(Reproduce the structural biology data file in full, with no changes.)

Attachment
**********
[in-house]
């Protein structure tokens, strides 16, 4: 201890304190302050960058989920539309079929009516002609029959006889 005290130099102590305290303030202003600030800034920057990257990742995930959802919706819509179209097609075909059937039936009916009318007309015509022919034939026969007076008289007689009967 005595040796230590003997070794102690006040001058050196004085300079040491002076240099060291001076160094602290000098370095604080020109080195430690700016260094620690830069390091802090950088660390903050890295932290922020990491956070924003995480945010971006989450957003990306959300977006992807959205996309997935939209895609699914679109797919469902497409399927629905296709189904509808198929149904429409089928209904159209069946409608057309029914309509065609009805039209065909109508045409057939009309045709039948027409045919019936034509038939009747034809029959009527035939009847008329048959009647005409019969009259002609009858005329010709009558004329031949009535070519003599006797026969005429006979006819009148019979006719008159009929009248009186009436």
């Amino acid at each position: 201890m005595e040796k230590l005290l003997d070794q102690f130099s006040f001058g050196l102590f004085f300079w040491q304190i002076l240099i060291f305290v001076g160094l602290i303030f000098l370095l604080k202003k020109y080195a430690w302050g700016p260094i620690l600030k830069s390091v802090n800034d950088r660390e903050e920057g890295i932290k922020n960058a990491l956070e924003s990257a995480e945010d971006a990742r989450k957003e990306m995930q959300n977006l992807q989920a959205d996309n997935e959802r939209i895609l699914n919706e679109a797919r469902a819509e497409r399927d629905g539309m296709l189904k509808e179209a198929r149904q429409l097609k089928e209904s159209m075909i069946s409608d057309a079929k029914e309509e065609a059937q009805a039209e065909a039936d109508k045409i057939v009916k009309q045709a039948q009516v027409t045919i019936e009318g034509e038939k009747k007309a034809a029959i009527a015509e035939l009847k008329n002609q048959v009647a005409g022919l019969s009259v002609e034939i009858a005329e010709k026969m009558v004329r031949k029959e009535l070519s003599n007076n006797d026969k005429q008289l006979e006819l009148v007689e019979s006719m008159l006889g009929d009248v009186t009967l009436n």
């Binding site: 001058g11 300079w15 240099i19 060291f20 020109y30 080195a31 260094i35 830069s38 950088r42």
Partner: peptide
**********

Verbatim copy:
[in-house]
């Protein structure tokens, strides 16, 4: 201890304190302050960058989920539309079929009516002609029959006889 005290130099102590305290303030202003600030800034920057990257990742995930959802919706819509179209097609075909059937039936009916009318007309015509022919034939026969007076008289007689009967 005595040796230590003997070794102690006040001058050196004085300079040491002076240099060291001076160094602290000098370095604080020109080195430690700016260094620690830069390091802090950088660390903050890295932290922020990491956070924003995480945010971006989450957003990306959300977006992807959205996309997935939209895609699914679109797919469902497409399927629905296709189904509808198929149904429409089928209904159209069946409608057309029914309509065609009805039209065909109508045409057939009309045709039948027409045919019936034509038939009747034809029959009527035939009847008329048959009647005409019969009259002609009858005329010709009558004329031949009535070519003599006797026969005429006979006819009148019979006719008159009929009248009186009436």
């Amino acid at each position: 201890m005595e040796k230590l005290l003997d070794q102690f130099s006040f001058g050196l102590f004085f300079w040491q304190i002076l240099i060291f305290v001076g160094l602290i303030f000098l370095l604080k202003k020109y080195a430690w302050g700016p260094i620690l600030k830069s390091v802090n800034d950088r660390e903050e920057g890295i932290k922020n960058a990491l956070e924003s990257a995480e945010d971006a990742r989450k957003e990306m995930q959300n977006l992807q989920a959205d996309n997935e959802r939209i895609l699914n919706e679109a797919r469902a819509e497409r399927d629905g539309m296709l189904k509808e179209a198929r149904q429409l097609k089928e209904s159209m075909i069946s409608d057309a079929k029914e309509e065609a059937q009805a039209e065909a039936d109508k045409i057939v009916k009309q045709a039948q009516v027409t045919i019936e009318g034509e038939k009747k007309a034809a029959i009527a015509e035939l009847k008329n002609q048959v009647a005409g022919l019969s009259v002609e034939i009858a005329e010709k026969m009558v004329r031949k029959e009535l070519s003599n007076n006797d026969k005429q008289l006979e006819l009148v007689e019979s006719m008159l006889g009929d009248v009186t009967l009436n």
């Binding site: 001058g11 300079w15 240099i19 060291f20 020109y30 080195a31 260094i35 830069s38 950088r42």
Partner: peptide